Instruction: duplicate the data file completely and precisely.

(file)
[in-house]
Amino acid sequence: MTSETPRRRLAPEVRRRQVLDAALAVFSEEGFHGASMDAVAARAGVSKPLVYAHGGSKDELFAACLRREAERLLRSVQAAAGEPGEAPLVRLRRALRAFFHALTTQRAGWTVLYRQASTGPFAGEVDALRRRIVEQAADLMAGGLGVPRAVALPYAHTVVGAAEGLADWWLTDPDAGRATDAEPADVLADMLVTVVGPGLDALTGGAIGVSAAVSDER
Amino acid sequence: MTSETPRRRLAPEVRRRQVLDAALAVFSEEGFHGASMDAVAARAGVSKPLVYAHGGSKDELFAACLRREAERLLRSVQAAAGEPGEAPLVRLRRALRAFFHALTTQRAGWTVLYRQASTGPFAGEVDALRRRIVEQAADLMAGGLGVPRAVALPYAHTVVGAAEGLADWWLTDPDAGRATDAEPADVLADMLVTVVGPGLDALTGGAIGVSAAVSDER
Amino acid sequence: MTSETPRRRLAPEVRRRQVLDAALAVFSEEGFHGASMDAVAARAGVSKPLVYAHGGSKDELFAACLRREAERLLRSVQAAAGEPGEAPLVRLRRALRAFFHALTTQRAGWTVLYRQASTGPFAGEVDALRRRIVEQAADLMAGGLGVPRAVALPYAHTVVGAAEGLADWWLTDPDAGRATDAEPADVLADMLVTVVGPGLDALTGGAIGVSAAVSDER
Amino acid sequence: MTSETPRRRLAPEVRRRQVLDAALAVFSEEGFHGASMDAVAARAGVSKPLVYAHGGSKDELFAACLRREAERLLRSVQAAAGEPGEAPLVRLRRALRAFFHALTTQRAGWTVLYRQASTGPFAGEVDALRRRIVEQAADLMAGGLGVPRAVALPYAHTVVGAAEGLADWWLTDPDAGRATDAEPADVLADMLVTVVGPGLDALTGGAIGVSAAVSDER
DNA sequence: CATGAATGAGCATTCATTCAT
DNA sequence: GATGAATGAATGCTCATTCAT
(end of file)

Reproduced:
[in-house]
Amino acid sequence: MTSETPRRRLAPEVRRRQVLDAALAVFSEEGFHGASMDAVAARAGVSKPLVYAHGGSKDELFAACLRREAERLLRSVQAAAGEPGEAPLVRLRRALRAFFHALTTQRAGWTVLYRQASTGPFAGEVDALRRRIVEQAADLMAGGLGVPRAVALPYAHTVVGAAEGLADWWLTDPDAGRATDAEPADVLADMLVTVVGPGLDALTGGAIGVSAAVSDER
Amino acid sequence: MTSETPRRRLAPEVRRRQVLDAALAVFSEEGFHGASMDAVAARAGVSKPLVYAHGGSKDELFAACLRREAERLLRSVQAAAGEPGEAPLVRLRRALRAFFHALTTQRAGWTVLYRQASTGPFAGEVDALRRRIVEQAADLMAGGLGVPRAVALPYAHTVVGAAEGLADWWLTDPDAGRATDAEPADVLADMLVTVVGPGLDALTGGAIGVSAAVSDER
Amino acid sequence: MTSETPRRRLAPEVRRRQVLDAALAVFSEEGFHGASMDAVAARAGVSKPLVYAHGGSKDELFAACLRREAERLLRSVQAAAGEPGEAPLVRLRRALRAFFHALTTQRAGWTVLYRQASTGPFAGEVDALRRRIVEQAADLMAGGLGVPRAVALPYAHTVVGAAEGLADWWLTDPDAGRATDAEPADVLADMLVTVVGPGLDALTGGAIGVSAAVSDER
Amino acid sequence: MTSETPRRRLAPEVRRRQVLDAALAVFSEEGFHGASMDAVAARAGVSKPLVYAHGGSKDELFAACLRREAERLLRSVQAAAGEPGEAPLVRLRRALRAFFHALTTQRAGWTVLYRQASTGPFAGEVDALRRRIVEQAADLMAGGLGVPRAVALPYAHTVVGAAEGLADWWLTDPDAGRATDAEPADVLADMLVTVVGPGLDALTGGAIGVSAAVSDER
DNA sequence: CATGAATGAGCATTCATTCAT
DNA sequence: GATGAATGAATGCTCATTCAT